It is ironic that Oort inferred the existence of the cloud that bears his name because he only studied 19 long period comets. Since long period comets seem to arrive from deep space and exhibit extremely elongated elliptical orbits, he could not imagine any other solution than a cold repository of objects beyond astronomical observation. Note that short period comets are known to revolve in orbits that do not exceed the distance to Jupiter.

More than six trillion cometary bodies are supposed to inhabit the Oort cloud. They are barely held in place by the Sun's gravity, so if stars or giant masses of dust and gas pass too close, tidal forces can change their orbits and they will plunge into the inner Solar System. Conversely, they might be drawn out into interstellar space.

However, what has the latest face-to-face with a comet brought to the table? Has there been confirmation of the "dirty snowball" theory? Or, as EPOXI mission principal investigator Michael A'Hearn summarized, is this another in a series of surprising experiences?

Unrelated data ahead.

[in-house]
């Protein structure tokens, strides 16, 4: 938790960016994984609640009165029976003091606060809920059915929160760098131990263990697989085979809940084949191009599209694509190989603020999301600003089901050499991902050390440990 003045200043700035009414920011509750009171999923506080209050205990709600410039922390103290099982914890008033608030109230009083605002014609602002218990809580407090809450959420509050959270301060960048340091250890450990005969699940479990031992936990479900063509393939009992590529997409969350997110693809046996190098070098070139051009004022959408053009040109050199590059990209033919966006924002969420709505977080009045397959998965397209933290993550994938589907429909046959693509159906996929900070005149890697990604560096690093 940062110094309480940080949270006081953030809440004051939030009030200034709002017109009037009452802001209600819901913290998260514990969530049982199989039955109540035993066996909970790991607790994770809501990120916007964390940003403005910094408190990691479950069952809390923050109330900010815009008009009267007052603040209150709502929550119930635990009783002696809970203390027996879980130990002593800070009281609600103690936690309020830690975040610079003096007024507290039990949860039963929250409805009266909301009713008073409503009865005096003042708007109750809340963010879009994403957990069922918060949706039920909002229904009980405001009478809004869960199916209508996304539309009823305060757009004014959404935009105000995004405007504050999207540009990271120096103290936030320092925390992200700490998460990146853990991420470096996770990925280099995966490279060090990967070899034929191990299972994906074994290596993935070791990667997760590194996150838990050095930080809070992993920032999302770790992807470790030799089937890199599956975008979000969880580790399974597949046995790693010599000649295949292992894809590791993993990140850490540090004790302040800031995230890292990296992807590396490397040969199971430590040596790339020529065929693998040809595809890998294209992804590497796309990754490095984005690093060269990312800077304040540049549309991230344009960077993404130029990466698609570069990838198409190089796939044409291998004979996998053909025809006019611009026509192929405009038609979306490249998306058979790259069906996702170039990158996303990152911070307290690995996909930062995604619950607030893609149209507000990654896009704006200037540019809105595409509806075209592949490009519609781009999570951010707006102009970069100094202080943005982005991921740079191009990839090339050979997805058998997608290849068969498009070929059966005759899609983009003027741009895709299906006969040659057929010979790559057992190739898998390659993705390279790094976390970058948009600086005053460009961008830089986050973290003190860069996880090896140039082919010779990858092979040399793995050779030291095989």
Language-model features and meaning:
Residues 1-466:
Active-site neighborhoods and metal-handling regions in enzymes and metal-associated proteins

As previous Picture of the Day articles have shown, not one image of a comet has revealed frozen plains, ice cliffs, slush, or snowy crystals. Instead, Wild 2, Tempel 1, Borrelly, Halley, and now Hartley 2 look like asteroids, with hard, dry, rocky exteriors. Like Borrelly, Hartley 2 is an elongated potato tumbling through space. If asked, this writer would say that it resembles asteroid 433 Eros.

What of the jets blasting into space from isolated regions on the comet's surface? One unidentified participant in the live streaming video of EPOXI's close approach remarked, "This is almost like Enceladus." There is no way to know what level of insight he possesses regarding electrical activity in space, but his comments were perspicacious.